Funded PhD opportunities

Ecological and evolutionary tradeoffs in specialised predators and prey

  • Application end date: 11th February 2018
  • Funding Availability: Funded PhD project (EU/UK students only)
  • Department: School of Biological Sciences
  • PhD Supervisor: Dr Trevor Willis, Prof Simon Cragg, Prof Fabio Badalamenti

Project code: BIOL3980218

Project description

How does a predator avoid causing local extirpation of its host by overgrazing before being ready to reproduce? How do prey species maintain adequate growth and reproductive rates in the face of continuous predation pressure? The overarching goal of this project is learn how ecologically specialised relationships develop between predators and prey, and how these relationships persist while balancing the reproductive and nutritional needs of both species. While there are many examples of narrow host preferences in terrestrial systems, and of how predator and host coexist, relatively few examples have been investigated in the marine environment. Many sessile marine invertebrates are colonial, and in temperate regions are subject to seasonally ephemeral lifecycles. Their predators are thus also only seasonally abundant, and we propose that it may be necessary to develop alternatives to classic predator-prey models to describe their population dynamics.

Opisthobranch molluscs, including nudibranchs, have undergone extensive species radiation and provide some of the best examples of marine specialists. Many species feed on just one or two prey taxa, larvae exhibit high levels of specificity during settlement, and many rely on settlement cues from the preferred host species. Many nudibranchs ingest and appropriate the stinging cells of cnidarian prey for their own defense – a strategy which is generally believed to form the basis for host specificity.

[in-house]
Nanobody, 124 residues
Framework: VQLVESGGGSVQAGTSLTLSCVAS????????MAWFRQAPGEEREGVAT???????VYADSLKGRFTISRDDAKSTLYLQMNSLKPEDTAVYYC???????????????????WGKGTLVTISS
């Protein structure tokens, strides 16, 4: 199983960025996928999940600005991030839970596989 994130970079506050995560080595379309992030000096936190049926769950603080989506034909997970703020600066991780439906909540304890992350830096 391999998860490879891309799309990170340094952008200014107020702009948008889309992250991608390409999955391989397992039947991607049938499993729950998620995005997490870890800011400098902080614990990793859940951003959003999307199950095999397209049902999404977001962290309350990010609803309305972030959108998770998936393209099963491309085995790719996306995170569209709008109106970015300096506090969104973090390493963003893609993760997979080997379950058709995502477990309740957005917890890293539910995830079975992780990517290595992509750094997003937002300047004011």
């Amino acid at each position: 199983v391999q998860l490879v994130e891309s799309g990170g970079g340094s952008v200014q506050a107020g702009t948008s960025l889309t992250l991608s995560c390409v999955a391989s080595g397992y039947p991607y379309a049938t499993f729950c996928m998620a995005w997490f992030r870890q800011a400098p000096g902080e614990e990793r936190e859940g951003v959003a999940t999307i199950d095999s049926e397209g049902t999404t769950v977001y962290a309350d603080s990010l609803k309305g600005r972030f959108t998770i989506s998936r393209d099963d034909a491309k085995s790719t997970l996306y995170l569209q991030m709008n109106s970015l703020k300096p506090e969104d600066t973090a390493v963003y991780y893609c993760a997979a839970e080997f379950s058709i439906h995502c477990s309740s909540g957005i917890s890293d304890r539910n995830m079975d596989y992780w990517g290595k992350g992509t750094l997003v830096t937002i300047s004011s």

We propose to utilise the nudibranch mollusc Cratena peregrina and its host and prey, the colonial hydrozoan Eudendrium racemosum as a model system. Cratena is believed to be a significant structuring force in the population dynamics of Eudendrium, by feeding directly on the hydranths. No other prey species has been recorded for Cratena. However, recent work (Willis et al. 2017 Biol. Lett. 13: 20170447) has shown that the diet of Cratena is largely composed of zooplankton captured by the hydroid and ingested along with hydroid polyps. Elucidating the mechanisms by which this occurs will form part of the project. Using both field and laboratory experiments, we will make empirical estimates of energy transfer under varying scenarios to construct an energetics-based model that predicts optimal and sub-optimal conditions for persistence of the two species at both the population level and meta-population level. The model will ultimately be generalised to predict the persistence of benthic assemblages in the face of environmental change.

Supervisor profiles

Dr Trevor Willis

Prof Simon Cragg

Prof Fabio Badalamenti

Admissions criteria

You’ll need a good first degree from an internationally recognised university (depending upon chosen course, minimum second class or equivalent) or a Master’s degree in an appropriate subject. Exceptionally, equivalent professional experience and/or qualifications will be considered. English language proficiency at a minimum of IELTS band 6.5 with no component score below 6.0.

Specific candidate requirements

This study will suit a numerate and analytically minded student with a desire to work across disciplines. The project will involve a combination of field work at sea (including scuba diving), laboratory experiments, analytical chemistry and ecological and statistical modelling. Stable isotope analyses will be undertaken in collaborating laboratories, and training will be given. The student will garner a range of skills relevant to a research career, but applicable to multiple career paths.


Informal enquiries are encouraged and can be made to Dr Trevor Willis at (02392 845806) or Prof Simon Cragg at (02392 845808).

For administrative and admissions enquiries please contact

How to Apply

You can apply online at You are required to create an account which gives you the flexibility to save the form, log out and return to it at any time convenient to you.

A link to the online application form and comprehensive guidance notes can be found at

When applying, please quote project code: BIOL3980218.

Interview date: TBC

Start date: October 2018.

Funding notes

The fully-funded, full-time three-year studentship provides a stipend that is in line with that offered by Research Councils UK of £14,553 per annum.

The above applies for Home/EU students only.

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